MM: Sometimes. I think both of us are inspired by images and stories rather than actual music we hear. Many of the people we are compared to, we have never really listened to or don't listen to them. The formative stages of our writing comes from a need to describe a feeling. I know that may sound a little cheesy, but it's true. Sometimes Jehna is like, "Make it sound like you are sitting alone in hotel room, all blue with the moonlight, and suddenly a bright orange light fills the room." Or, "You are driving on a road, and all you see is signs telling you to slow down or use caution, and all the cars are obeying and you have no idea, until you see a car in the distance being eaten by a giant ray of light." Sometimes we free ball it, and come up with ideas or a meaning after the fact, too, or convince ourselves that we understand what we just made. Sometimes we lie.

LS: Are there particular authors, directors, writers, or other artists that have shaped this sensual approach?

MM: So many little influences with directors. I've been on a David Lynch kick lately. Oh, Dreams by Kurosawa. I remember watching that over and over again while we made our first record. Hermann Hesse is another important influence. Damien changed my life. I think The Glass Bead Game changed Jehna's life. Living in Richmond, sitting by the window with all the lights off just watching the city with a glass of wine. The street lights glowing, people walking, talking, and joking. Police sirens, arguments, gun shots. All those things inspire us just as much.

LS: Is there an easy way to distinguish who is responsible for what on the record? For instance, is one person solely responsible for the lyrics and the other for the music? Do you have clearly defined roles inside and outside the studio?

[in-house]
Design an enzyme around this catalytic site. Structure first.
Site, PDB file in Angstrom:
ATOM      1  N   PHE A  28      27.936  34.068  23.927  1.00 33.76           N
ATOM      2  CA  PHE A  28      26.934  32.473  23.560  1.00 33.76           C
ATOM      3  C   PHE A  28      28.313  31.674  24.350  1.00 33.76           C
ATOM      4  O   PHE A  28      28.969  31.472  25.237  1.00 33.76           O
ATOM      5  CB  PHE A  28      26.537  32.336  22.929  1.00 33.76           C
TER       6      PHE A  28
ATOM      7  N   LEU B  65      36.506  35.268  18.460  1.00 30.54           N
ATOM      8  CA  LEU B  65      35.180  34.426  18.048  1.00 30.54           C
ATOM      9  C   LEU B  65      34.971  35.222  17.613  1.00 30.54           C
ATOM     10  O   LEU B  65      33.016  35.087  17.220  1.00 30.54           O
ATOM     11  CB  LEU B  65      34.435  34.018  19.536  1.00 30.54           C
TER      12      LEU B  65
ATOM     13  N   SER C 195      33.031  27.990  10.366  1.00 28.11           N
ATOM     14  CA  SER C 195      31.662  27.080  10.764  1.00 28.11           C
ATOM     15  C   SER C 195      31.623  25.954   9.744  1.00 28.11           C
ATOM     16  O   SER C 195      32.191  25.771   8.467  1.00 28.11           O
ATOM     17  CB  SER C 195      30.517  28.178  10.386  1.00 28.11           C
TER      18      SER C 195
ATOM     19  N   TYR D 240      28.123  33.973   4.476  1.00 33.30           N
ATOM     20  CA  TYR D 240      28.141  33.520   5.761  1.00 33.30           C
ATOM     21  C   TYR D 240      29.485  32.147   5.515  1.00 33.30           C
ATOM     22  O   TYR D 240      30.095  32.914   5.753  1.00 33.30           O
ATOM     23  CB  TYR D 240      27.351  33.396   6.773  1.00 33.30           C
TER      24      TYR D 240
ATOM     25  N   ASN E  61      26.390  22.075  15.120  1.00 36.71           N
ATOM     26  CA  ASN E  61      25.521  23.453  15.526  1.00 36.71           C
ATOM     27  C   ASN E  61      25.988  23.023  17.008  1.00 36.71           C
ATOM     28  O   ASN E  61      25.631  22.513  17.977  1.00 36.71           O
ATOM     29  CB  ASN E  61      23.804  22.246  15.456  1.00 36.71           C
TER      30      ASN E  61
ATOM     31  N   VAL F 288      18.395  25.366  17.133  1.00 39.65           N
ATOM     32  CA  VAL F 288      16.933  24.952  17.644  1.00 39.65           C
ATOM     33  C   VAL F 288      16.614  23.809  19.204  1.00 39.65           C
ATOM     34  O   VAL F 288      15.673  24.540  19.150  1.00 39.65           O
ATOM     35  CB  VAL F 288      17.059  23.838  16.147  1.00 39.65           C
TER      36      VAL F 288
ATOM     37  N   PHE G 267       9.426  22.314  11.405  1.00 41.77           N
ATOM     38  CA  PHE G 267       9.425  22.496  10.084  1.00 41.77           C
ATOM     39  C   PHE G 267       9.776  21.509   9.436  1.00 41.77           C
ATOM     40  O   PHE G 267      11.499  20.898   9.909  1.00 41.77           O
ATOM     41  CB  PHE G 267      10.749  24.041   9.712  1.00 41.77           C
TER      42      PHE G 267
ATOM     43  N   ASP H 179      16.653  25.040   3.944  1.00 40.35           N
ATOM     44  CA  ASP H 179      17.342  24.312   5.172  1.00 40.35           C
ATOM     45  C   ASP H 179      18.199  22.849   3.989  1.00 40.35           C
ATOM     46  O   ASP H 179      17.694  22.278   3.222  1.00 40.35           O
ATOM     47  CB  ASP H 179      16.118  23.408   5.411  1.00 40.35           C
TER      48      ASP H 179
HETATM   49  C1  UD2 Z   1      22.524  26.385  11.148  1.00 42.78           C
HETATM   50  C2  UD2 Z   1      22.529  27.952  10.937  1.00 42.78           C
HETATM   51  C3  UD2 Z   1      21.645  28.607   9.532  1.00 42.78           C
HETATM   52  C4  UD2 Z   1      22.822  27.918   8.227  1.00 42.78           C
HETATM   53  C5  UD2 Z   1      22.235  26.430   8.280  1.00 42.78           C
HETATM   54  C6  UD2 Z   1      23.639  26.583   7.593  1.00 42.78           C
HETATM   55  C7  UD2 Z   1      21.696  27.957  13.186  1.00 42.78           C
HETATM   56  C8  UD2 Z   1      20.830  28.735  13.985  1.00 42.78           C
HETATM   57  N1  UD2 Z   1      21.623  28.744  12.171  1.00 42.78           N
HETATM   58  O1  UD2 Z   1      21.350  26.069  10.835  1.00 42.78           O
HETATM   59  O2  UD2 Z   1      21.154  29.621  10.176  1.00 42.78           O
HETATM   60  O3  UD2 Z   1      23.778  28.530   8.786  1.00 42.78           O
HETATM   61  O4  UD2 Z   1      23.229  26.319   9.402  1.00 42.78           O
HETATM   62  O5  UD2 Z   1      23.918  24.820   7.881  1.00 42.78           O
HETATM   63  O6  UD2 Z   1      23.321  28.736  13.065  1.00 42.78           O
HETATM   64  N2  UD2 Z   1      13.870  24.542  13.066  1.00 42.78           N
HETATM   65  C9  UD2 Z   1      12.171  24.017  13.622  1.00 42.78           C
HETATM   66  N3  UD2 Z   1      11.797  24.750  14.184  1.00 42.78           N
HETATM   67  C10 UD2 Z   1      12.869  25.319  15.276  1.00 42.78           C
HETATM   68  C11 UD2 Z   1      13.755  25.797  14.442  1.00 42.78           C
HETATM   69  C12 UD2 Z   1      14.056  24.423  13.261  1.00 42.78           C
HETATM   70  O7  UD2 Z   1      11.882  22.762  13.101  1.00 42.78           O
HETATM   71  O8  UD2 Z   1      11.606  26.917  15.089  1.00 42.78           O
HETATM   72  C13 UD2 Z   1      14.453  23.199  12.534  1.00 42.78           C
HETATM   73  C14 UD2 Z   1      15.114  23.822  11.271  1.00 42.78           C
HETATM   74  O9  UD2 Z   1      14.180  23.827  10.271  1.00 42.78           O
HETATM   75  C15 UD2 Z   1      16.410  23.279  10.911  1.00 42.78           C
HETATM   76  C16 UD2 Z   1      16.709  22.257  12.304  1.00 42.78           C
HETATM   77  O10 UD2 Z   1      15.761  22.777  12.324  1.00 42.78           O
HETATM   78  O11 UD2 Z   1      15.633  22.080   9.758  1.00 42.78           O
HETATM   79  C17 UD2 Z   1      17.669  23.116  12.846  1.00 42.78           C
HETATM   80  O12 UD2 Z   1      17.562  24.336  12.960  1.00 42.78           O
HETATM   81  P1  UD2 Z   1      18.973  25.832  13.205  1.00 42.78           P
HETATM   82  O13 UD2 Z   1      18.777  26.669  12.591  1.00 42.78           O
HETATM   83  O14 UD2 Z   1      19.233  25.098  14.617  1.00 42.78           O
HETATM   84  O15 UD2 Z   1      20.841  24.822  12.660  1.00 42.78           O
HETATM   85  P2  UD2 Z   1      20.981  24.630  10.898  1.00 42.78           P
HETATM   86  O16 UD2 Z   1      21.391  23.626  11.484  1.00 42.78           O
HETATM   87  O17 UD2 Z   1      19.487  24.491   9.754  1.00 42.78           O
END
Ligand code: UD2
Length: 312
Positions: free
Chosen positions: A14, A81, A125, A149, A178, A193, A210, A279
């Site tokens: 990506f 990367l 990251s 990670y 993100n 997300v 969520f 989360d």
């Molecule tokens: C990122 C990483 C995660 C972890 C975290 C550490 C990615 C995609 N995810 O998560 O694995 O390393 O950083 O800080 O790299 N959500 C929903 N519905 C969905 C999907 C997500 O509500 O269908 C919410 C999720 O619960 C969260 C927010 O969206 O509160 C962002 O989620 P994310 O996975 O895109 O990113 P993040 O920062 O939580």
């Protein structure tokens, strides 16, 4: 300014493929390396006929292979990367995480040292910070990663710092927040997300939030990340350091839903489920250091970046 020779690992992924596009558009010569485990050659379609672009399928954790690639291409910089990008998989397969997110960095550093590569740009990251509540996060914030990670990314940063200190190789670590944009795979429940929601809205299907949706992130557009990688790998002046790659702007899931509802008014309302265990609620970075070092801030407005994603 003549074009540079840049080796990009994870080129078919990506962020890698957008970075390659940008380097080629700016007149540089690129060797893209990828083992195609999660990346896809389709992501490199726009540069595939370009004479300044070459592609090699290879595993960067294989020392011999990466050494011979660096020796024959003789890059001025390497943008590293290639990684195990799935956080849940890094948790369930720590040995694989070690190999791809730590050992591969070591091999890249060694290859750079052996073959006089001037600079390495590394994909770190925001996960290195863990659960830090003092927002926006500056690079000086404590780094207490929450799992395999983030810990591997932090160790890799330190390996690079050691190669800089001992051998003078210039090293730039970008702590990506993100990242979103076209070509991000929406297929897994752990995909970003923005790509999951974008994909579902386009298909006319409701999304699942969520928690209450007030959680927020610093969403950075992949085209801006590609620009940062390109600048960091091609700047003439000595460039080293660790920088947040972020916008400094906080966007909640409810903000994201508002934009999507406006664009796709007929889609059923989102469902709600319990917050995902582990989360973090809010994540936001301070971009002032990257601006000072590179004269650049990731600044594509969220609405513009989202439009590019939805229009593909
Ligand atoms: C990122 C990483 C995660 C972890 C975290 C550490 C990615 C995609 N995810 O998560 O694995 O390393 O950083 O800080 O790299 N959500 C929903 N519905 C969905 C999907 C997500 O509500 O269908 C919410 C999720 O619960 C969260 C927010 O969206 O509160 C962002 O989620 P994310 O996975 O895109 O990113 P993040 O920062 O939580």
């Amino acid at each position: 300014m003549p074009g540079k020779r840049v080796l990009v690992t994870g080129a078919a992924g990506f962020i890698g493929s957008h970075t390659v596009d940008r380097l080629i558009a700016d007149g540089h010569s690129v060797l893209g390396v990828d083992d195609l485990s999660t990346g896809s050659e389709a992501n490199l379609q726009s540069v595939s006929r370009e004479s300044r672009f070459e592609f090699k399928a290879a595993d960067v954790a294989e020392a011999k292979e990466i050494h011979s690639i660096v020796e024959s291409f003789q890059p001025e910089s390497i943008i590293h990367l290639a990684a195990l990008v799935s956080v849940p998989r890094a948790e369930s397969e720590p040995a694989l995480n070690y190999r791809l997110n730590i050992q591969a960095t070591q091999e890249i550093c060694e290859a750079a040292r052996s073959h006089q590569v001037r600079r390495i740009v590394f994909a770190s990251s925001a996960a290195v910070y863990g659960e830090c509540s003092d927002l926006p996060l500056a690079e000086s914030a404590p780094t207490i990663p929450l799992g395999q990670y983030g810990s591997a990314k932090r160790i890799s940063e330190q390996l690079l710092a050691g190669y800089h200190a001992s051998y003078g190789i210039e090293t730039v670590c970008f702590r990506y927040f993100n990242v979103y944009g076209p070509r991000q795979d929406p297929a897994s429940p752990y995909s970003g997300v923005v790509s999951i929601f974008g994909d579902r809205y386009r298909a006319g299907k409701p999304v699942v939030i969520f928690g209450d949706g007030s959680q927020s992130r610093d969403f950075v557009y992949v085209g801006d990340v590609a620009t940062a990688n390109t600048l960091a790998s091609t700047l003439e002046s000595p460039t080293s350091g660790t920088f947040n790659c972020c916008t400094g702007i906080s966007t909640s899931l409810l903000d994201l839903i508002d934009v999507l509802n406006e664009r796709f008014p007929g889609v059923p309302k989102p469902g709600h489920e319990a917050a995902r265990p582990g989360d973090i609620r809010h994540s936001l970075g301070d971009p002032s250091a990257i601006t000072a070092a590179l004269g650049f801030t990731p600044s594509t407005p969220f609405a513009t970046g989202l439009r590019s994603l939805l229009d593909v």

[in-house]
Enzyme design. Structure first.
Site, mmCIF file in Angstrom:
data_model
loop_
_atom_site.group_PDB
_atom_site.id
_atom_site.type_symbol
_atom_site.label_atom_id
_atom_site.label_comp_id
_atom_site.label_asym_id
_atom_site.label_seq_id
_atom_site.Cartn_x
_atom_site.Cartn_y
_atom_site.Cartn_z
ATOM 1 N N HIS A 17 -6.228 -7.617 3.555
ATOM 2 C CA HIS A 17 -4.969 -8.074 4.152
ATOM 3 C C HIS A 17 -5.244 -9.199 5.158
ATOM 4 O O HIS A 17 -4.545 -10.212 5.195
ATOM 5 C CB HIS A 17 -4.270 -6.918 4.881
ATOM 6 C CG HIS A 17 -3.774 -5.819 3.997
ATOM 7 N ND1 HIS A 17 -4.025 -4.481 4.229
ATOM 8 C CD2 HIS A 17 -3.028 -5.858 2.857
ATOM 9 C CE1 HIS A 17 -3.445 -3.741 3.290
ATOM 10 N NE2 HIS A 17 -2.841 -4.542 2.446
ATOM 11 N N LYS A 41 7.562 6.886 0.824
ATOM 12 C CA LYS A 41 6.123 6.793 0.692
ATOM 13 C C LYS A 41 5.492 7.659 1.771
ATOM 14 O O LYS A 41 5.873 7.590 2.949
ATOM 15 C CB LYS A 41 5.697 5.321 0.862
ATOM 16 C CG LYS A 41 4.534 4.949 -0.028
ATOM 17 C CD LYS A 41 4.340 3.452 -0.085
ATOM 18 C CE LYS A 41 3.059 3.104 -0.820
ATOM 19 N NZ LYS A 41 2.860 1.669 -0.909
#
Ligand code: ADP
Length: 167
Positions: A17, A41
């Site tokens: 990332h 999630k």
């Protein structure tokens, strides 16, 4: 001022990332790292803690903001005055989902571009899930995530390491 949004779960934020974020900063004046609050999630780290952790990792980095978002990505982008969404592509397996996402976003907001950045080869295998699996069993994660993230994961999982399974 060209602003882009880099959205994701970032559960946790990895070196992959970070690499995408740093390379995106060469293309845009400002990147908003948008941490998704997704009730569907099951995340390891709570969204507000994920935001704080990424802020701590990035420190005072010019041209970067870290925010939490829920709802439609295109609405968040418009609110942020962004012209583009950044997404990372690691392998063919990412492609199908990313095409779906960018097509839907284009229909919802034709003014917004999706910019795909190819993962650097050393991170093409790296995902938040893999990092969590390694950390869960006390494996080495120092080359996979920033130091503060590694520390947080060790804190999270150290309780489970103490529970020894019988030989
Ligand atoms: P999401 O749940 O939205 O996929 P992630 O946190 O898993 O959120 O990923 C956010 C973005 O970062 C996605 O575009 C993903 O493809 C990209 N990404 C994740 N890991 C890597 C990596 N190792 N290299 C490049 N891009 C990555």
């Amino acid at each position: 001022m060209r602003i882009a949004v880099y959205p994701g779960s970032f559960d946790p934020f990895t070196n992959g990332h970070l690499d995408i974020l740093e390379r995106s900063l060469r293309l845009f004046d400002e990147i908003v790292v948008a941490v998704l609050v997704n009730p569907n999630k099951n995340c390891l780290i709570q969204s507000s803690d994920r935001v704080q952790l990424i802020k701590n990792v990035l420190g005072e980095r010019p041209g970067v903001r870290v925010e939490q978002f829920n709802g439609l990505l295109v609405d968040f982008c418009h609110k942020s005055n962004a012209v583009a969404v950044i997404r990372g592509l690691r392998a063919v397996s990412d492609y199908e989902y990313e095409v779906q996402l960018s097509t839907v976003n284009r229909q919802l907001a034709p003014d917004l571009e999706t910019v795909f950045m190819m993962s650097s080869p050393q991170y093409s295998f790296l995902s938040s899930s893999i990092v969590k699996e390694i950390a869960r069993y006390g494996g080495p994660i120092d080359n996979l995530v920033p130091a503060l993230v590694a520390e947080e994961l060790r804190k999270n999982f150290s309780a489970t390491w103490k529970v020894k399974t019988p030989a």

MM: Much of the record is purely a 50/50 thing. We do have jobs that are almost solely ours. Like Jehna will do lyrics, but sometimes I add [lyrics], too. I mostly do the production and programming, but then Jehna will add to that as well. So in the end we made the record together. The record is a complete compromise on all parts. If she is completely unhappy with a song I will change it, and vice versa.

LS: The songwriting on Marlone is a lot more varied than it was on The Patron and the record sounds more open and spacious in general. Maybe even more organic. Does that sound fair to you? Did you go into the studio this time around with specific goals such as these?

MM: Absolutely, the album is more spacious and open and I completely agree with calling it organic. Much of that has to do with the musicians we played with on this album. They even had a hand at writing some of it. Most of the album came about from playing live and in our practice space. The Patron was done in our apartment without knowing how to perform it live. Marlone was birthed from live performances and was performed before it was recorded. When we went to the studio we wanted this more organic sound, but still wanted it to sound like us, you know, cold and electronic, even icy. For this album we recorded everything and I spent all of February arranging and polishing it on a four season porch. It was very romantic. I would go out, come home and stay up all night. I did this for a month.